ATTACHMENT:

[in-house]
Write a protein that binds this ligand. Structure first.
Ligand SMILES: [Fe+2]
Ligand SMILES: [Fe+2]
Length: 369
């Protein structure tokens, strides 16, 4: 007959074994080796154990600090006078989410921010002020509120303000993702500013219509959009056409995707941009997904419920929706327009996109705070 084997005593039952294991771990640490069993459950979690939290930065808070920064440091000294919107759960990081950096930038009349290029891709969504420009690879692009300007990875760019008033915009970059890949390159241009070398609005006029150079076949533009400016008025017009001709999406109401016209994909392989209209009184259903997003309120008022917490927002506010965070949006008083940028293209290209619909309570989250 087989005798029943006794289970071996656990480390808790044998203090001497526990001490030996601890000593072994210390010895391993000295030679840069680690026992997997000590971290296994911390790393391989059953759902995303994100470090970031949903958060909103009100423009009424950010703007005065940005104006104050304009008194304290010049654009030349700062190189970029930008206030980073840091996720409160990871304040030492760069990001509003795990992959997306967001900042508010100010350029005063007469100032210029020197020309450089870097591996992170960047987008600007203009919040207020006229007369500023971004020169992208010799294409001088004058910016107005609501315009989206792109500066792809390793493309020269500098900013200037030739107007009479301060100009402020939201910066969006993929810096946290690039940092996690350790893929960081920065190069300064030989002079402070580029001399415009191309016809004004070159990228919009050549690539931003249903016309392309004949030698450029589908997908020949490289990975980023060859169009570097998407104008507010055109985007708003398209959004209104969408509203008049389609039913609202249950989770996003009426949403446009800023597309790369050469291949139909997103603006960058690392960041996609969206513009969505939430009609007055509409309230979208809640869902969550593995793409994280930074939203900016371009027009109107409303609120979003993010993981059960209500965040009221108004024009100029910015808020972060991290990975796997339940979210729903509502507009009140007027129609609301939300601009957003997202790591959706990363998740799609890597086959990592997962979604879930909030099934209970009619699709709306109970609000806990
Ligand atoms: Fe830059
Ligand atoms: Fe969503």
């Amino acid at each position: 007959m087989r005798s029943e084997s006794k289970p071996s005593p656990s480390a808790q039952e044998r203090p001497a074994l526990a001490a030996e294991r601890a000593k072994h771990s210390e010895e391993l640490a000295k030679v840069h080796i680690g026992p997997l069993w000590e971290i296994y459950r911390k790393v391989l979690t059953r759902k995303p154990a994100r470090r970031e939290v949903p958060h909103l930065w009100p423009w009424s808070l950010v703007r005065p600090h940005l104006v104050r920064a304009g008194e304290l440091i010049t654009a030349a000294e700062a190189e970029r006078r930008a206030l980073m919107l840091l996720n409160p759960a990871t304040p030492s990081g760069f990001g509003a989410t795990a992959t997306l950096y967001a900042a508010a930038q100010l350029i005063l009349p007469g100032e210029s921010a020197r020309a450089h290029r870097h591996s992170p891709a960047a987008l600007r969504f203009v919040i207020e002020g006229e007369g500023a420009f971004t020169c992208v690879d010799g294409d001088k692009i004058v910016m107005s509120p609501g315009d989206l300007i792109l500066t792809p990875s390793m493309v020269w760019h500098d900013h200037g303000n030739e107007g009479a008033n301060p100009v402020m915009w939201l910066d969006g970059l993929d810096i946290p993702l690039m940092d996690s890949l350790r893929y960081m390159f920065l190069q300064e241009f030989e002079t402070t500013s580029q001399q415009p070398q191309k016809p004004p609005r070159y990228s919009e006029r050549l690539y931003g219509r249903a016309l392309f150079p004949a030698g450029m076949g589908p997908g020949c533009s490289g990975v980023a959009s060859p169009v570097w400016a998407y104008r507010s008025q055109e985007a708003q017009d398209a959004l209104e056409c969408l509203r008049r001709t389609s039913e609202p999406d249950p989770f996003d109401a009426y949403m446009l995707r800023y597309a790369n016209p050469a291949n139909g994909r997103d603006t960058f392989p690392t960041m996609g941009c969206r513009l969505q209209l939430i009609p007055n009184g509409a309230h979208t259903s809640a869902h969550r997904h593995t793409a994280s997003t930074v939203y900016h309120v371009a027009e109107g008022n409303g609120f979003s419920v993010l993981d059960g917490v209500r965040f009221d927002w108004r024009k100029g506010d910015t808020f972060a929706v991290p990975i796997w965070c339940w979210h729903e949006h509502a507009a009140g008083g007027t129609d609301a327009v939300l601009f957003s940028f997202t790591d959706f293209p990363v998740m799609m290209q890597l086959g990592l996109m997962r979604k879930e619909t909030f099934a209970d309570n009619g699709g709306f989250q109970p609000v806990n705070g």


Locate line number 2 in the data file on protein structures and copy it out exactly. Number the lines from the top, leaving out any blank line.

Write a protein that binds this ligand. Structure first.